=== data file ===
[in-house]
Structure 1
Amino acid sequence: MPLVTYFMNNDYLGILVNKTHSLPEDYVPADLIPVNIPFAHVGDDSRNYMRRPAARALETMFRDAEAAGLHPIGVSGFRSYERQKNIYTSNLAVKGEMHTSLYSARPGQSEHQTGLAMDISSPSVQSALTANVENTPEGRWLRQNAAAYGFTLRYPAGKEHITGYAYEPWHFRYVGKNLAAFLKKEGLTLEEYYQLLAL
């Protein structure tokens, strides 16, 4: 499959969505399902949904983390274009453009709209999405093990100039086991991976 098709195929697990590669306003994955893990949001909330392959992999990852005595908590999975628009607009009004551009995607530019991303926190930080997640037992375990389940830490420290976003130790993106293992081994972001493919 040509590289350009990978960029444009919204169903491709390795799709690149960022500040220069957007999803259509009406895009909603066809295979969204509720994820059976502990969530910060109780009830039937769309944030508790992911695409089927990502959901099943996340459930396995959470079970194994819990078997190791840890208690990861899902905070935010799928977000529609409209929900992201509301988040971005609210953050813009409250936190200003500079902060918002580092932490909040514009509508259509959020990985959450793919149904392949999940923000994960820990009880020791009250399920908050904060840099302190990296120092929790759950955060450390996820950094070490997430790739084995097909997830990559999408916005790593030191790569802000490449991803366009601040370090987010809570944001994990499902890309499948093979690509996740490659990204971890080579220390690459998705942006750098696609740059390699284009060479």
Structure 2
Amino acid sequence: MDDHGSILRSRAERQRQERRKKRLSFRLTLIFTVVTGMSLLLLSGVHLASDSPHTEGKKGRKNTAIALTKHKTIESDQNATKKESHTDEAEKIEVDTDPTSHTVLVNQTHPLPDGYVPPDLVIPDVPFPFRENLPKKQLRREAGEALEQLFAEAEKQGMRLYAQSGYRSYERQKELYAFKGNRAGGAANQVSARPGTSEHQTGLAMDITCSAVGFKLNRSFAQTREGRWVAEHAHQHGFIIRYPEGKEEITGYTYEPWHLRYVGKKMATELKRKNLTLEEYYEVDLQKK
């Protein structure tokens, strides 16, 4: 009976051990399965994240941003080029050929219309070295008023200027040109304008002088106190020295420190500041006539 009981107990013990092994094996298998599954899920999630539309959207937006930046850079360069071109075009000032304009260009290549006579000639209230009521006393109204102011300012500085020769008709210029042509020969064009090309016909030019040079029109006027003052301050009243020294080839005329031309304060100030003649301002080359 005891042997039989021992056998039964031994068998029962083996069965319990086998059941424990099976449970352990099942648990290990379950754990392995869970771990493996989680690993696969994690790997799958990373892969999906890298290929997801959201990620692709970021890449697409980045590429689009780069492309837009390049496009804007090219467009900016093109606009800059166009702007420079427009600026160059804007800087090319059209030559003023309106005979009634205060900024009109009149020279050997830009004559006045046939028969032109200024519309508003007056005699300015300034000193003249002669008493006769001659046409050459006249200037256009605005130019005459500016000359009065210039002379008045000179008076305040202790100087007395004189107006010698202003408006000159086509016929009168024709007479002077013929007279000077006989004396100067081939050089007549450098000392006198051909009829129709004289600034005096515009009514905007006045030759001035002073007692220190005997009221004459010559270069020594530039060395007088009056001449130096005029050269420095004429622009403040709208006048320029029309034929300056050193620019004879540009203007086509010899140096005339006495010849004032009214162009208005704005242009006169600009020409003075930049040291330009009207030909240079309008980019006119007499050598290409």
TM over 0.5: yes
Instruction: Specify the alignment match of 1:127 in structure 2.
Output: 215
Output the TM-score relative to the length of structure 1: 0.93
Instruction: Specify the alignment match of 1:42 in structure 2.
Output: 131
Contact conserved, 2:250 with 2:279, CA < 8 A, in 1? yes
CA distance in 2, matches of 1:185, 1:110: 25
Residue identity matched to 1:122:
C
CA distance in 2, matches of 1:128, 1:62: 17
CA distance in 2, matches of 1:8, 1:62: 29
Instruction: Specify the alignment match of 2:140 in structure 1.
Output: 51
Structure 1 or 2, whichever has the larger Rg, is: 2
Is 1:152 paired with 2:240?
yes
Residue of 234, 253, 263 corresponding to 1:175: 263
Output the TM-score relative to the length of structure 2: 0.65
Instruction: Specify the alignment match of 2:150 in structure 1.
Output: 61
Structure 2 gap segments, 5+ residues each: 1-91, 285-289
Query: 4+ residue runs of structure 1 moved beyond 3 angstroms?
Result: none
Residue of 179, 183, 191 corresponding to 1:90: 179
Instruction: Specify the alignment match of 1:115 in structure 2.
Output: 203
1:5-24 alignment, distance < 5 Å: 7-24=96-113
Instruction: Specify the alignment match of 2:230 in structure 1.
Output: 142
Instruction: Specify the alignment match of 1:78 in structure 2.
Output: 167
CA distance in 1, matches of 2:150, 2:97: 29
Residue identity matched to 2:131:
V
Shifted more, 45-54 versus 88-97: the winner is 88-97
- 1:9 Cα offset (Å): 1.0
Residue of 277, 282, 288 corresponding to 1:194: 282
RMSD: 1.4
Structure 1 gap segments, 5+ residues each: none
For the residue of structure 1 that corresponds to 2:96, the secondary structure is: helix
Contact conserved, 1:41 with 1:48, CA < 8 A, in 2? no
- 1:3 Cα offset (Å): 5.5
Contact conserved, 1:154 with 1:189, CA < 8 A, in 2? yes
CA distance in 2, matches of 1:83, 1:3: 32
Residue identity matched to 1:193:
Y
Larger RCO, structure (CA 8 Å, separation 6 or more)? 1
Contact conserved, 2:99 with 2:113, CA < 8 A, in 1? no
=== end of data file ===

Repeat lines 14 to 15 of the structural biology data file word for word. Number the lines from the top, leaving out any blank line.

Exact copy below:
Contact conserved, 2:250 with 2:279, CA < 8 A, in 1? yes
CA distance in 2, matches of 1:185, 1:110: 25